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Jan 01 2017
by Lauren Wigren

6 Things I've Learned in College So Far

By Lauren Wigren - Jan 01 2017
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Whether you’re majoring in business, nursing, communications, education or anything in between, there are many universal lessons we all come to learn within the first semester of college. For the vast majority of college freshmen, it’s our first time away from home; we’ve learned to be independent, to advocate for ourselves, to manage our own time, to be responsible and, most importantly, to be ourselves. We’ve had our ups and downs, we’ve laughed, we’ve cried, but somehow, we’ve made it through our first semester and winter break is now upon us. Here are just a few ideologies I’ve adopted since move-in-day back in September.

1. Your upbringing may vastly differ from somebody else’s.

My campus may be small, but our student body represents all walks of life. Growing up, I didn’t really know anyone who didn’t live in an upper-middle-class suburb of a major city. However, since starting school, I’ve met people from right next to Boston (where I go to school), to the midwest, to China and I now know students who grew up in farm towns and students who grew up in cities. My peers come from so many different places, cultures, religions and socio-economic backgrounds. It’s safe to say I have a much better comprehension of how diverse our world really is now that I’m out of my small suburban town.


2. You can make your own decisions, so do what’s best for you.

Your mom won’t be there to keep you from eating pizza every night. You likely won’t be punished for staying out all night, and nobody’s going to hunt you down and reprimand you for skipping class. With all these temptations, you may find yourself making deals with the Devil and doing things you’ll eventually come to regret. It’s important to remember that your continued freedom depends on your ability to be responsible and make good decisions. Eat a salad every now and then, go to the classes you’re paying so much money for and get adequate sleep.


3. Good study habits are essential.

Some people already know and live by this advice; however, for many, high school was a breeze and one could get by with solid grades simply because they’re smart. In college, the professor is there to act more as a facilitator and provider of information, because at this level, it’s ultimately your responsibility to teach, and reteach yourself the material. For some, this may mean group study sessions, others may make up flash cards, markup readings or visit the library for a quiet, distraction-free environment for a certain amount of time each week. There are many different methods of effective studying, so the key is to find what works best for you. You may find that you no longer get the results you desire if you omit studying completely.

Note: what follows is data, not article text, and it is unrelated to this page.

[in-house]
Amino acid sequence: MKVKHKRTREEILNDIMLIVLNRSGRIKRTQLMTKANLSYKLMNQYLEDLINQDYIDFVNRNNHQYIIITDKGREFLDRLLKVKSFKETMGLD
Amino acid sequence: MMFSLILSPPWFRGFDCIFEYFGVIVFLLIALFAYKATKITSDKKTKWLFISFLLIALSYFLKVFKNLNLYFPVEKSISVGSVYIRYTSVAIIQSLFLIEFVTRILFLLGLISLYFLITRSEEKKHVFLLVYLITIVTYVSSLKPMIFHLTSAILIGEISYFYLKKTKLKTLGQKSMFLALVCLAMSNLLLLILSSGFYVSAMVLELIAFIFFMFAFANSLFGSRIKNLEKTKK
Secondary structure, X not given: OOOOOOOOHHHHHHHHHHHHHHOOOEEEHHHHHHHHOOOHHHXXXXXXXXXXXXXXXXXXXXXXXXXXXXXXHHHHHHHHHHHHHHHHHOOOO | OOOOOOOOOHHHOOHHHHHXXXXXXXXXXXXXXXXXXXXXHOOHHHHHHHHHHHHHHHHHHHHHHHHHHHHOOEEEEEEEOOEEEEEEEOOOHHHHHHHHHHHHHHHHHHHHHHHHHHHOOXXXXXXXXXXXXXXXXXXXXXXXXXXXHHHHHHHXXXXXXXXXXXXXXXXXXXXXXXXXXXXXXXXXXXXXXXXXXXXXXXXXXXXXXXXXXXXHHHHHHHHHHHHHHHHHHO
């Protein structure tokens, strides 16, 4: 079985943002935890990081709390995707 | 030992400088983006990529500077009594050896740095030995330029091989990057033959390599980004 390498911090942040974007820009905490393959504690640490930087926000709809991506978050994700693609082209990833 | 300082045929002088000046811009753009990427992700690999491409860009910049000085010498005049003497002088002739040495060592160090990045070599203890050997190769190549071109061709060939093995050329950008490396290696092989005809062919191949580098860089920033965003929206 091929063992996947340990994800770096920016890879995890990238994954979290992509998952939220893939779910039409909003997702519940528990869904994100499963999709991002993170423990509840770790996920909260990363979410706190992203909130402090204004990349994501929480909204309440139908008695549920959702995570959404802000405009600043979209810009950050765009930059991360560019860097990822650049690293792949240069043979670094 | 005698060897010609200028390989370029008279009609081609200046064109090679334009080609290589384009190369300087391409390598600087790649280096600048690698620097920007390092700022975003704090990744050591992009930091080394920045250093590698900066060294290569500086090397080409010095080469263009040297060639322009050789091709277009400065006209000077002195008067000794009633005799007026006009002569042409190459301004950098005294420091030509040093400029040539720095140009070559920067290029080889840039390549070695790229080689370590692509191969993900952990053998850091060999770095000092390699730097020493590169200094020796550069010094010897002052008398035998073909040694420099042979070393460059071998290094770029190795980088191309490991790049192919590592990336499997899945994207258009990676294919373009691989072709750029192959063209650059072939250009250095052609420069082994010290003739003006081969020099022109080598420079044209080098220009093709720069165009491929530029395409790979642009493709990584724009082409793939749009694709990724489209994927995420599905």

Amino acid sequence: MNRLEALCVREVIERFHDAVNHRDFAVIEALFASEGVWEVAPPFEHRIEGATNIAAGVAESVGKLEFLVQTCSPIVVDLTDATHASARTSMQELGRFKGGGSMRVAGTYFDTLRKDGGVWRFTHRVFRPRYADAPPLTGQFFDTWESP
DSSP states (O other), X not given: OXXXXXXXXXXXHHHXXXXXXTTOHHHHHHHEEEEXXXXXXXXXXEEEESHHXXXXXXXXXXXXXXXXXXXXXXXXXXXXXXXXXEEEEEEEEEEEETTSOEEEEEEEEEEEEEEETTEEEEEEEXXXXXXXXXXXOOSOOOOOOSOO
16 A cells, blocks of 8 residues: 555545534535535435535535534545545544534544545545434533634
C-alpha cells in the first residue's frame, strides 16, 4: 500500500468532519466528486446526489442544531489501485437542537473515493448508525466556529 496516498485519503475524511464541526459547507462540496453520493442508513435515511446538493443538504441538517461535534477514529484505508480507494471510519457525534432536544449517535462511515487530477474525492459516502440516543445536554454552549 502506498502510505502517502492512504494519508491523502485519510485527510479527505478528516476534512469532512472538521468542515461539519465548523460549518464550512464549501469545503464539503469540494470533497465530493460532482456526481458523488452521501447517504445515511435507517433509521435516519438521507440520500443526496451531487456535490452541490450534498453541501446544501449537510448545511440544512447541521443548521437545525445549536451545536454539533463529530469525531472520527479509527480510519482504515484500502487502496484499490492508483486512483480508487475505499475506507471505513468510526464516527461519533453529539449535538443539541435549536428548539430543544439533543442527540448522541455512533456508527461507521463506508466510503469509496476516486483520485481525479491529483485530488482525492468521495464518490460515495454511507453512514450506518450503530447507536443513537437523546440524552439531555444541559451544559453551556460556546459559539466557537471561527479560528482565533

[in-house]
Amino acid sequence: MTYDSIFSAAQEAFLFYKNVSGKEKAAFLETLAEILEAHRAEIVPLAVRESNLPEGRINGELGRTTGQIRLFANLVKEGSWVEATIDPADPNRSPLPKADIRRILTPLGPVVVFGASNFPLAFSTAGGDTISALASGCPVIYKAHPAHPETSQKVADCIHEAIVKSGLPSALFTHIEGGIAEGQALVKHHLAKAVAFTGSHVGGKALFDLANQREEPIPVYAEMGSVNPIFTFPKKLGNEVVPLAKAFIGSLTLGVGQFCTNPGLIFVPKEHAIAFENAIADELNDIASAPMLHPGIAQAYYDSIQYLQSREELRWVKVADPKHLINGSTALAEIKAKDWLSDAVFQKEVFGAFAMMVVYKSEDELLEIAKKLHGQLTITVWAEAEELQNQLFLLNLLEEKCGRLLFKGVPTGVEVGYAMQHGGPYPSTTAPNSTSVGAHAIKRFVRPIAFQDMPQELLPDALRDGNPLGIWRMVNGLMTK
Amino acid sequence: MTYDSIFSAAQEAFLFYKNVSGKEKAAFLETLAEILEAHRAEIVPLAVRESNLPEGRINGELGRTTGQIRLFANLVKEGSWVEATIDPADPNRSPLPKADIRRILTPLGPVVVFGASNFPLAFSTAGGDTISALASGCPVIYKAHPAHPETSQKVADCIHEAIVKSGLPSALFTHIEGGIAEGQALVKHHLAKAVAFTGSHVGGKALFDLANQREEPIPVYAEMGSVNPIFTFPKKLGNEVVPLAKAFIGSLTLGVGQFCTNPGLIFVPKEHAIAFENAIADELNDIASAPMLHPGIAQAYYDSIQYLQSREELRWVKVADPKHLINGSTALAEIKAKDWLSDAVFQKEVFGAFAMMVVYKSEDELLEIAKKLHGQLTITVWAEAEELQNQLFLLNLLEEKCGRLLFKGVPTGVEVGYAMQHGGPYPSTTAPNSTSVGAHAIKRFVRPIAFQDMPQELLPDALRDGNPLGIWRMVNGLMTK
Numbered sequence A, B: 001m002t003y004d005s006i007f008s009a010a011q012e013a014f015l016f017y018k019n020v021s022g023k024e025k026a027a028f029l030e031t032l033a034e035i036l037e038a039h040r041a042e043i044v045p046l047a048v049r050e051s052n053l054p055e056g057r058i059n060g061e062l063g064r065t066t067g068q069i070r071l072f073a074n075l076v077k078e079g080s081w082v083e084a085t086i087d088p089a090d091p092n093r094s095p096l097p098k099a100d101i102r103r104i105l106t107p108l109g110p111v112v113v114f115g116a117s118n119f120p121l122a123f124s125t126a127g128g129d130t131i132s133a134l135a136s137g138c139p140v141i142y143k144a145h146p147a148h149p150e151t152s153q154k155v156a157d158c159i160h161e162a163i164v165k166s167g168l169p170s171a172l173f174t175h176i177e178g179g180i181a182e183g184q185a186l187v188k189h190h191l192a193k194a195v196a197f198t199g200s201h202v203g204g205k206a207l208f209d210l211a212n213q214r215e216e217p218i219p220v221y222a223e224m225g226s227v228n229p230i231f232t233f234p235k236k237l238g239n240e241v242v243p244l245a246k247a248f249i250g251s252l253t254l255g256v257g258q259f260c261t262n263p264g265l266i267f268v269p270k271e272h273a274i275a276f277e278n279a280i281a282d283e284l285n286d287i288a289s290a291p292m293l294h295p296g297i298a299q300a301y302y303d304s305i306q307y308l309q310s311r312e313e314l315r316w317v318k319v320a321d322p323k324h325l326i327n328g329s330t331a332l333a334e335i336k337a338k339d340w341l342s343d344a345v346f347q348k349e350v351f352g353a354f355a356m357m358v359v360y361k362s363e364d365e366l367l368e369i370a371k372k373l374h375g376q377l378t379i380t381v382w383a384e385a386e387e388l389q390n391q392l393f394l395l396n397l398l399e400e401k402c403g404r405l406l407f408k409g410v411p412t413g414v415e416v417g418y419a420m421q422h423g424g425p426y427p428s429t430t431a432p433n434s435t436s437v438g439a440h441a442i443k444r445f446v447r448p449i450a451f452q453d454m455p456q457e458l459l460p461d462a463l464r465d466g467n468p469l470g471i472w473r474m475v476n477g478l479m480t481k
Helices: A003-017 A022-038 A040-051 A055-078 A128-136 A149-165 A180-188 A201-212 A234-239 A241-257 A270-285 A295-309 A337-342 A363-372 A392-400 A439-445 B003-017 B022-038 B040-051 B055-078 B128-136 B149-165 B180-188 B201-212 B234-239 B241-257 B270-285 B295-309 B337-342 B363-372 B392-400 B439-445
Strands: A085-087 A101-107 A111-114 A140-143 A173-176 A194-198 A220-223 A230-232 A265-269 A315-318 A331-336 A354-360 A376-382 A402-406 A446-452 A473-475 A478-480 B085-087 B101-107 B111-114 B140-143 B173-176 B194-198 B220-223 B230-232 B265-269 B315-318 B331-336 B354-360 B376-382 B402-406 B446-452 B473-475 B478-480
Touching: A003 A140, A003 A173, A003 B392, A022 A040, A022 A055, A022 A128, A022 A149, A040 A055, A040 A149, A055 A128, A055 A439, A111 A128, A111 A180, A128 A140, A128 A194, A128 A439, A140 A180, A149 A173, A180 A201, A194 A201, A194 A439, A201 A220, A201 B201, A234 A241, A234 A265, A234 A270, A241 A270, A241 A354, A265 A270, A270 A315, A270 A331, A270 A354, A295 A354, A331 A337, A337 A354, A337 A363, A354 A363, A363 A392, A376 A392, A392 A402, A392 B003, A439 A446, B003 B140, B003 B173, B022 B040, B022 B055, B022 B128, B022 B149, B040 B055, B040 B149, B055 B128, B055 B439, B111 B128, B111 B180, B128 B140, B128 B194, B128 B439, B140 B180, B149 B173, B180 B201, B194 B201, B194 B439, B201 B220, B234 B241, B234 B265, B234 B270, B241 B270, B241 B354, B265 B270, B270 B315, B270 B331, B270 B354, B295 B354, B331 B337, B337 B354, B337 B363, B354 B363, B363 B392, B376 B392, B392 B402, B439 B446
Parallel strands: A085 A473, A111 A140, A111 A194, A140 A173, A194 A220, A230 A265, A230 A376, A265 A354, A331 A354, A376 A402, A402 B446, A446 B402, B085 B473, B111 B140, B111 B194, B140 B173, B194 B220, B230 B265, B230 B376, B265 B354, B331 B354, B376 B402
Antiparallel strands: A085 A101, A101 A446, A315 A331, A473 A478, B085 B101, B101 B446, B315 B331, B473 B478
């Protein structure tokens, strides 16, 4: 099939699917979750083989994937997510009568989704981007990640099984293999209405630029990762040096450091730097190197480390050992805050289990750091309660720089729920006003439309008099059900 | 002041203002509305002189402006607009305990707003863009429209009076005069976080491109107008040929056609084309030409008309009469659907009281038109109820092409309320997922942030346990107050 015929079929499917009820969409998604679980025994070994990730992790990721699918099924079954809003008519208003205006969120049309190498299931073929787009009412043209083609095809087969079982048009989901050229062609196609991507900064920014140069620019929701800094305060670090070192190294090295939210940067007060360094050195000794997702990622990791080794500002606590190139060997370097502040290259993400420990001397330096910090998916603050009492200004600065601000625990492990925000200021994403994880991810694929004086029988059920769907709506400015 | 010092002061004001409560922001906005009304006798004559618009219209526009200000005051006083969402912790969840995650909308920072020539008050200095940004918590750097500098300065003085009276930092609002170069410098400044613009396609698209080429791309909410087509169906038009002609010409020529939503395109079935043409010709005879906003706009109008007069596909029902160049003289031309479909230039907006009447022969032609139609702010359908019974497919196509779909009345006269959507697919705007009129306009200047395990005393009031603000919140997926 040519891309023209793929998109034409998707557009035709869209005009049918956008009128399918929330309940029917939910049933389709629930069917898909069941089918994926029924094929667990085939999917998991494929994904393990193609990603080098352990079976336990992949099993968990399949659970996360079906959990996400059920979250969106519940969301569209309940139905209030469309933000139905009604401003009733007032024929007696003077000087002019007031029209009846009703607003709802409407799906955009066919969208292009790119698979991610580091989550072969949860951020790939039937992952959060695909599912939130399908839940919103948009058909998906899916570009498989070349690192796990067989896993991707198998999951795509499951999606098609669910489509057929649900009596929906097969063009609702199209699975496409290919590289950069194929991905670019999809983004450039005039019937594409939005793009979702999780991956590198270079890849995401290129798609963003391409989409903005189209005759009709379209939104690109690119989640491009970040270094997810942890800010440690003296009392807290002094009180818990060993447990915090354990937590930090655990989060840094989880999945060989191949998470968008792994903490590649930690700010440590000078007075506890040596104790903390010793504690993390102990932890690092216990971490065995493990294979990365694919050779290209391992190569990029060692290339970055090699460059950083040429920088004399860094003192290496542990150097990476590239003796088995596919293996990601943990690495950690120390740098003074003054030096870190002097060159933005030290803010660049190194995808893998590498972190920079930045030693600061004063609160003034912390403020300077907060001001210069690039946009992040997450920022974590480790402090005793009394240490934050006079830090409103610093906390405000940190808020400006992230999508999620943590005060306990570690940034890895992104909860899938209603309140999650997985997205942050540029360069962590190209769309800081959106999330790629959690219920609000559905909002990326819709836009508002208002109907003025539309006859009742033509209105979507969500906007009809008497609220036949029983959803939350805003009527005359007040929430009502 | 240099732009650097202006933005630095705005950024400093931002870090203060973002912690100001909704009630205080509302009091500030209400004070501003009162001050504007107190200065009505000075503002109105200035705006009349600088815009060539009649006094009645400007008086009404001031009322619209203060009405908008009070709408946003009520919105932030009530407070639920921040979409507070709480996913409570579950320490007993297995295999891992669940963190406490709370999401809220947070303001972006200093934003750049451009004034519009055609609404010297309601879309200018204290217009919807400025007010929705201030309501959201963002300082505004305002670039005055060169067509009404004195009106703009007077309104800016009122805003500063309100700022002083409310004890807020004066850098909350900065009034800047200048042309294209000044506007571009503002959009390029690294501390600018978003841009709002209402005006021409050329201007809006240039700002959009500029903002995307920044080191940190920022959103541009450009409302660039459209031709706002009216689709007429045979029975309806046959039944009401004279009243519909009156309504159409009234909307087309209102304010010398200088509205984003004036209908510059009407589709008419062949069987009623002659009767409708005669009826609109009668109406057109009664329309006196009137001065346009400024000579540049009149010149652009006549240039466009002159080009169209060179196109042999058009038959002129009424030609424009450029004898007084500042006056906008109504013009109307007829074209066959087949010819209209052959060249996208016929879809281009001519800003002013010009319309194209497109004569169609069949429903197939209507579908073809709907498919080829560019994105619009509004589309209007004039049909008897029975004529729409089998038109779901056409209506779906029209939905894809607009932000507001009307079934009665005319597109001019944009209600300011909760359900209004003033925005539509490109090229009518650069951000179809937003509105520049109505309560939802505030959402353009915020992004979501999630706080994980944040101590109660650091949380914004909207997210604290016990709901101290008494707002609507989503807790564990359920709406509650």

4. It’s OK to be unsure of your major or career preference.

In high school, teachers, guidance counselors and peers would sometimes make it feel like you had to have your entire life mapped out by the time you turned 18. The reality is a lot of people don’t figure out what they want until they’ve spent a little time in college exploring their options. I know people who know exactly what they want to do for the rest of their lives, people who thought they knew in September but have since changed their mind and people who are still torn between a few options. If you truly don’t know, there are opportunities to take new classes and participate in a variety of extracurriculars or service opportunities that may give you some hints. At most colleges and universities, you don’t have to declare your major until sometime sophomore year.


5. You may be exposed to new ideas...and you may not always like them.

One of the great things about college is that you may find your personal opinions and beliefs challenged. This may not sound like fun, but in the end you’ll be thankful for this opportunity. When you’re exposed to new ideas, you either learn something new and open your mind, or you are put on the spot and forced to defend yourself with facts and the art of persuasion, a skill you’ll likely need to develop for the professional world anyway.


6.  College is an incredible experience.

You may find yourself more stressed out than ever before, but you may also find yourself staying up late on a Friday night laughing and singing with some of the coolest people you’ve ever met. You may find yourself missing home, but you may also find yourself learning how to live independently and experience all your new community has to offer. In other words, college has brought about a multitude of new emotions and experiences, some negative, but many positive, and having this opportunity has ultimately taught me a lot about myself.

It’s hard to believe we're finished with our first semester of college. Take some time to look back this holiday season. What have you learned or experienced? What were some positives and negatives? How can you make next semester even better? Without realizing it, we’ve already grown a lot in the past three or four months, and we’re on our way to a bright and successful future.

Lead Image Credit: Nik MacMillan via Unsplash


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Lauren Wigren - Simmons College

Simmons College 2020! Majoring in Elementary Education and History. Loves writing, acting, singing, working with kids, and my dog.

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